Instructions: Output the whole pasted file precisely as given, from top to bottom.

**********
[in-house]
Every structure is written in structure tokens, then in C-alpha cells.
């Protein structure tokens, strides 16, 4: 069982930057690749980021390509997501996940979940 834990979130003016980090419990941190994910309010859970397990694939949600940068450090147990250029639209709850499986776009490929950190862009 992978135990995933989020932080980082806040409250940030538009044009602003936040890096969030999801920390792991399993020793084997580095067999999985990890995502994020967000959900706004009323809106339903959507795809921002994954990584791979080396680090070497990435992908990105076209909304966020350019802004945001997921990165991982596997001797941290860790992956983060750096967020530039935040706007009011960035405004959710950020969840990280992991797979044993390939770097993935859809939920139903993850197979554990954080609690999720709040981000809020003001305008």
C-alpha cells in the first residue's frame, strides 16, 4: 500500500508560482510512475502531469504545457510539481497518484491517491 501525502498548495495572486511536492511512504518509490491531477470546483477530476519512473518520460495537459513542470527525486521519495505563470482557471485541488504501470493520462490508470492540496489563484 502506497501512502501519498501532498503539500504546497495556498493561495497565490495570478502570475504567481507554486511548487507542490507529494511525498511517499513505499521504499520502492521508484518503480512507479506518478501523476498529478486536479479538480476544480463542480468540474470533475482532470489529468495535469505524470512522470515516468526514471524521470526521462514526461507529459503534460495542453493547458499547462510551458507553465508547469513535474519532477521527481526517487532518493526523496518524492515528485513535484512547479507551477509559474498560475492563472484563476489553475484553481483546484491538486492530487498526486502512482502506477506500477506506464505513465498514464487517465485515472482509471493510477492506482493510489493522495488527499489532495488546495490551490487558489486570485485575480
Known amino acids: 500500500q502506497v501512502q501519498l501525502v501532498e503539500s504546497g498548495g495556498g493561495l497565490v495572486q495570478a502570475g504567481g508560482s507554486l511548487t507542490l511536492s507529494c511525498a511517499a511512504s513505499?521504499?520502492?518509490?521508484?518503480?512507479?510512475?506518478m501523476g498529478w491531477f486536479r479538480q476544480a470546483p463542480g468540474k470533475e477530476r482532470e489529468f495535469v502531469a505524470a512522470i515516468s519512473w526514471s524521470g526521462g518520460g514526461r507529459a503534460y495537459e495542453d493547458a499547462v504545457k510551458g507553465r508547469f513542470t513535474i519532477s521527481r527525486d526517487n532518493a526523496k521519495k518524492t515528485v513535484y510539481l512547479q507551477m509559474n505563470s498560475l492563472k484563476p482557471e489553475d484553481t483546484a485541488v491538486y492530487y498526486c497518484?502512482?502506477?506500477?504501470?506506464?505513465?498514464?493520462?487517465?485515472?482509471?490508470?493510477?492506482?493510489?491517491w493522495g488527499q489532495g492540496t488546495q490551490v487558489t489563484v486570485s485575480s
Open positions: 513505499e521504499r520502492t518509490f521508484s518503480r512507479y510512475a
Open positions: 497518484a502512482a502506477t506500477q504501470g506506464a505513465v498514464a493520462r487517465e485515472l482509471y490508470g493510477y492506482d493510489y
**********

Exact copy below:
[in-house]
Every structure is written in structure tokens, then in C-alpha cells.
């Protein structure tokens, strides 16, 4: 069982930057690749980021390509997501996940979940 834990979130003016980090419990941190994910309010859970397990694939949600940068450090147990250029639209709850499986776009490929950190862009 992978135990995933989020932080980082806040409250940030538009044009602003936040890096969030999801920390792991399993020793084997580095067999999985990890995502994020967000959900706004009323809106339903959507795809921002994954990584791979080396680090070497990435992908990105076209909304966020350019802004945001997921990165991982596997001797941290860790992956983060750096967020530039935040706007009011960035405004959710950020969840990280992991797979044993390939770097993935859809939920139903993850197979554990954080609690999720709040981000809020003001305008």
C-alpha cells in the first residue's frame, strides 16, 4: 500500500508560482510512475502531469504545457510539481497518484491517491 501525502498548495495572486511536492511512504518509490491531477470546483477530476519512473518520460495537459513542470527525486521519495505563470482557471485541488504501470493520462490508470492540496489563484 502506497501512502501519498501532498503539500504546497495556498493561495497565490495570478502570475504567481507554486511548487507542490507529494511525498511517499513505499521504499520502492521508484518503480512507479506518478501523476498529478486536479479538480476544480463542480468540474470533475482532470489529468495535469505524470512522470515516468526514471524521470526521462514526461507529459503534460495542453493547458499547462510551458507553465508547469513535474519532477521527481526517487532518493526523496518524492515528485513535484512547479507551477509559474498560475492563472484563476489553475484553481483546484491538486492530487498526486502512482502506477506500477506506464505513465498514464487517465485515472482509471493510477492506482493510489493522495488527499489532495488546495490551490487558489486570485485575480
Known amino acids: 500500500q502506497v501512502q501519498l501525502v501532498e503539500s504546497g498548495g495556498g493561495l497565490v495572486q495570478a502570475g504567481g508560482s507554486l511548487t507542490l511536492s507529494c511525498a511517499a511512504s513505499?521504499?520502492?518509490?521508484?518503480?512507479?510512475?506518478m501523476g498529478w491531477f486536479r479538480q476544480a470546483p463542480g468540474k470533475e477530476r482532470e489529468f495535469v502531469a505524470a512522470i515516468s519512473w526514471s524521470g526521462g518520460g514526461r507529459a503534460y495537459e495542453d493547458a499547462v504545457k510551458g507553465r508547469f513542470t513535474i519532477s521527481r527525486d526517487n532518493a526523496k521519495k518524492t515528485v513535484y510539481l512547479q507551477m509559474n505563470s498560475l492563472k484563476p482557471e489553475d484553481t483546484a485541488v491538486y492530487y498526486c497518484?502512482?502506477?506500477?504501470?506506464?505513465?498514464?493520462?487517465?485515472?482509471?490508470?493510477?492506482?493510489?491517491w493522495g488527499q489532495g492540496t488546495q490551490v487558489t489563484v486570485s485575480s
Open positions: 513505499e521504499r520502492t518509490f521508484s518503480r512507479y510512475a
Open positions: 497518484a502512482a502506477t506500477q504501470g506506464a505513465v498514464a493520462r487517465e485515472l482509471y490508470g493510477y492506482d493510489y